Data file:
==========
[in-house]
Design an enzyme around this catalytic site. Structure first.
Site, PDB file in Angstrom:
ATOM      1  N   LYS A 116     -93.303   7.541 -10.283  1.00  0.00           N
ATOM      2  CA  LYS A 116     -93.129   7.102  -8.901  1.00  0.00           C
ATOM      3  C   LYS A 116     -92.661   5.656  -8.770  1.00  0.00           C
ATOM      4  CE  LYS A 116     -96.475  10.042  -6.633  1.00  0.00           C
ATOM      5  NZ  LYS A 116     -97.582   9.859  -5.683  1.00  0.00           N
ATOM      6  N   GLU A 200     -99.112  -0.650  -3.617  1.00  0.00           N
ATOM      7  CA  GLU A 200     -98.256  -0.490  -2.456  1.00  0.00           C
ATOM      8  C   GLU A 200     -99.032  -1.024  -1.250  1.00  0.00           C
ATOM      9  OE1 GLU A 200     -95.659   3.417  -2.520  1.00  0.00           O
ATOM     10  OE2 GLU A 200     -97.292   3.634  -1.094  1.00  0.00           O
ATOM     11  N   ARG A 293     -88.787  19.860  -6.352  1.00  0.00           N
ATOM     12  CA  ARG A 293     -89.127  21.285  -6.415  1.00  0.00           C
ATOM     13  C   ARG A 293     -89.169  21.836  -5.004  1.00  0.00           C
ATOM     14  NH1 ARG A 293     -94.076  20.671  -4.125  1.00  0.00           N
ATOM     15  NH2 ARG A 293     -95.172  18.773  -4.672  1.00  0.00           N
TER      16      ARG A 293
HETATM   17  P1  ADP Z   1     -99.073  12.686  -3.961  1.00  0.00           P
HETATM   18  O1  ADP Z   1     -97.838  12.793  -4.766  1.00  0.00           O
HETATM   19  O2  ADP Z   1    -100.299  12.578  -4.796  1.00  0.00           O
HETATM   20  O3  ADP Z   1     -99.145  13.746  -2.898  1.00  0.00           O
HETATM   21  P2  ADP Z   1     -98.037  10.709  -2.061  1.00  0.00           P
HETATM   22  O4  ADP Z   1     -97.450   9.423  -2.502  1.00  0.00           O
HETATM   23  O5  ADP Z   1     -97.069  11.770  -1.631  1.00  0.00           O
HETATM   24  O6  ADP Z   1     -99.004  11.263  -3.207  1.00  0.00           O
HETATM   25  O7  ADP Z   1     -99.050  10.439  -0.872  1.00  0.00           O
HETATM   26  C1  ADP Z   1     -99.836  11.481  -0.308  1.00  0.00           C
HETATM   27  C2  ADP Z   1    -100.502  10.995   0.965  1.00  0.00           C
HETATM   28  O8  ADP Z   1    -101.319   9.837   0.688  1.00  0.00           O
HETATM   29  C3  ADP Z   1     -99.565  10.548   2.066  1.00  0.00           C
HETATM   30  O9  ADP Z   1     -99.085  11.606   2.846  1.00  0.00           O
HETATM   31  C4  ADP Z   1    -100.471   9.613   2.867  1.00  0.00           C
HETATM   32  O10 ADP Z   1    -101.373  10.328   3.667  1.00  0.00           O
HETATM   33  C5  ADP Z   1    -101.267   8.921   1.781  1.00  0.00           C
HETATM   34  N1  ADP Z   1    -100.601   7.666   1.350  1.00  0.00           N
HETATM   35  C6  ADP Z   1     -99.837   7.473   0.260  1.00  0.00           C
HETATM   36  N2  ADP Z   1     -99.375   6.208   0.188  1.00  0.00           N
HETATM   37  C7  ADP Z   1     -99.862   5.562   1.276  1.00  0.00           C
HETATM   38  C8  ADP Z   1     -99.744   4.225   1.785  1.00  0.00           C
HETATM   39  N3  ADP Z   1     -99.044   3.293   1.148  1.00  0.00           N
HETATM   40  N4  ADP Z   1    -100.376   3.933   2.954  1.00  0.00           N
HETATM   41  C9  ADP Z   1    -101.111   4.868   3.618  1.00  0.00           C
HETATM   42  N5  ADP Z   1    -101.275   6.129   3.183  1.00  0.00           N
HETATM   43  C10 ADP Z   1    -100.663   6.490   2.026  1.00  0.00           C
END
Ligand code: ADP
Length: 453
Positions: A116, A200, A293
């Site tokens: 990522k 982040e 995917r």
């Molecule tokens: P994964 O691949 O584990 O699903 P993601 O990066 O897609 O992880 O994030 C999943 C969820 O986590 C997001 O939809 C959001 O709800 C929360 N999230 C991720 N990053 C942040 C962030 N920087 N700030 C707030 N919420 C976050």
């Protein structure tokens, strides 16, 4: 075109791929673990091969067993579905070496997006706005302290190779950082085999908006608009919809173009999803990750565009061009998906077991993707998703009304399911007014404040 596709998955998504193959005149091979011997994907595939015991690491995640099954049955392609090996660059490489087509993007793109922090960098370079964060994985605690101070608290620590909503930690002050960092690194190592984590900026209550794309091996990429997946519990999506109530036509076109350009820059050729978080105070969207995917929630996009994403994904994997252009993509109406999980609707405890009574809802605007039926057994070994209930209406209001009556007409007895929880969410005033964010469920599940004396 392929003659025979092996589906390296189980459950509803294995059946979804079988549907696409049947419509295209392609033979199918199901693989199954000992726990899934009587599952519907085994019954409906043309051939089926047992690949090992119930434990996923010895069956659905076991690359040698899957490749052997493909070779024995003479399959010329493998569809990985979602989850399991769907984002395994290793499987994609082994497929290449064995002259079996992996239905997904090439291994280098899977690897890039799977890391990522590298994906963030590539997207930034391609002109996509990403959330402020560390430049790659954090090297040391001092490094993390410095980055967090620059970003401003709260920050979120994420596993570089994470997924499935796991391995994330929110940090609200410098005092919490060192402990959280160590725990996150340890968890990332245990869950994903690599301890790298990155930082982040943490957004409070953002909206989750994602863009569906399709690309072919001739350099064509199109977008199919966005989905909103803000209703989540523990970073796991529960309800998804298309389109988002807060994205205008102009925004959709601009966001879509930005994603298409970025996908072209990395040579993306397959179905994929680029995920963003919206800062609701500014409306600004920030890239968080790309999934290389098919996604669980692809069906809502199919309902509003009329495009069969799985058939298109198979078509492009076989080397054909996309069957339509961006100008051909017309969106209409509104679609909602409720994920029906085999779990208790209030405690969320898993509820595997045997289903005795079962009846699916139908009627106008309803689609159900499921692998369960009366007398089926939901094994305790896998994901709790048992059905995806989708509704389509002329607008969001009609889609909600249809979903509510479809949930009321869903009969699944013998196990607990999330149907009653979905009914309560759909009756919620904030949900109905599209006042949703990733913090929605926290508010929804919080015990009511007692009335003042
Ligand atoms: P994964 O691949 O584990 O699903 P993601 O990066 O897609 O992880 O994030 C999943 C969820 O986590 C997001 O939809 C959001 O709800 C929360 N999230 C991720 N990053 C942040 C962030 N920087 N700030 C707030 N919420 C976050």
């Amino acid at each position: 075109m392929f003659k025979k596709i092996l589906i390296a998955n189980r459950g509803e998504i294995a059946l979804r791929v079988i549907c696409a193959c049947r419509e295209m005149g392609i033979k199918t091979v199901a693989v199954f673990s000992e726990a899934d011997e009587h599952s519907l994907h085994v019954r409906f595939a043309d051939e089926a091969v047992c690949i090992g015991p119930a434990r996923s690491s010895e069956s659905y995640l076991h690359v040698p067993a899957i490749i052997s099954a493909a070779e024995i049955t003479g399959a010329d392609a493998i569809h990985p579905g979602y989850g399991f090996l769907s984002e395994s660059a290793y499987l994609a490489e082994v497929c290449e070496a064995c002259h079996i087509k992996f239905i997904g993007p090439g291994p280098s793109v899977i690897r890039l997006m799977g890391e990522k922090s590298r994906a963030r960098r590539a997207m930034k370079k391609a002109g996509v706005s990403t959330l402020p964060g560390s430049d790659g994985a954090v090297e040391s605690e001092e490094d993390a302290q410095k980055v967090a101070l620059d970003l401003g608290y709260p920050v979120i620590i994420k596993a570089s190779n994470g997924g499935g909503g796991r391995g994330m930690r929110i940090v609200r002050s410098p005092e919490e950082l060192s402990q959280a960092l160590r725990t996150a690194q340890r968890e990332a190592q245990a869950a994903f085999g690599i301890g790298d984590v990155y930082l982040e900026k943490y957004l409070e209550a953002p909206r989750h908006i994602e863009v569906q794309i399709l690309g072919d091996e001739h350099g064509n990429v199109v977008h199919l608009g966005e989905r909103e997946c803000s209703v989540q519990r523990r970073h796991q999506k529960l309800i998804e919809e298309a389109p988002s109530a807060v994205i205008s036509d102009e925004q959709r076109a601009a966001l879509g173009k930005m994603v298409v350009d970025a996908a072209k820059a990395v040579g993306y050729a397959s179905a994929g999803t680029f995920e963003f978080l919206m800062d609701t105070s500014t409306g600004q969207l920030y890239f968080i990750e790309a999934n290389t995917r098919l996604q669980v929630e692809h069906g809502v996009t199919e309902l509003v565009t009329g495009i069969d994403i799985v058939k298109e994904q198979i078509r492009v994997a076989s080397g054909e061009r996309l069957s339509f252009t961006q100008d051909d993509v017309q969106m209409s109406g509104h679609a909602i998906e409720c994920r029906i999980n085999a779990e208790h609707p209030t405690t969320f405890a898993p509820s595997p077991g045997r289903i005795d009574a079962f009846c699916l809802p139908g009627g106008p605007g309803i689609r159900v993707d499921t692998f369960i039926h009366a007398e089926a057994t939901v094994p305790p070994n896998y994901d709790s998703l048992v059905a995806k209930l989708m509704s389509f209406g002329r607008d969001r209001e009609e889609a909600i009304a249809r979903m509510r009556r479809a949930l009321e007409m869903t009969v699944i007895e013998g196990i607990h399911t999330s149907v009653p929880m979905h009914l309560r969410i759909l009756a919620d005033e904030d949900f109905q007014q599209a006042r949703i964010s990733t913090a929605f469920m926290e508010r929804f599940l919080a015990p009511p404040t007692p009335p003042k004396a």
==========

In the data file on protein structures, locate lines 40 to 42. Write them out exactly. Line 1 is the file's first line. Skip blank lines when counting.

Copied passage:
HETATM   37  C7  ADP Z   1     -99.862   5.562   1.276  1.00  0.00           C
HETATM   38  C8  ADP Z   1     -99.744   4.225   1.785  1.00  0.00           C
HETATM   39  N3  ADP Z   1     -99.044   3.293   1.148  1.00  0.00           N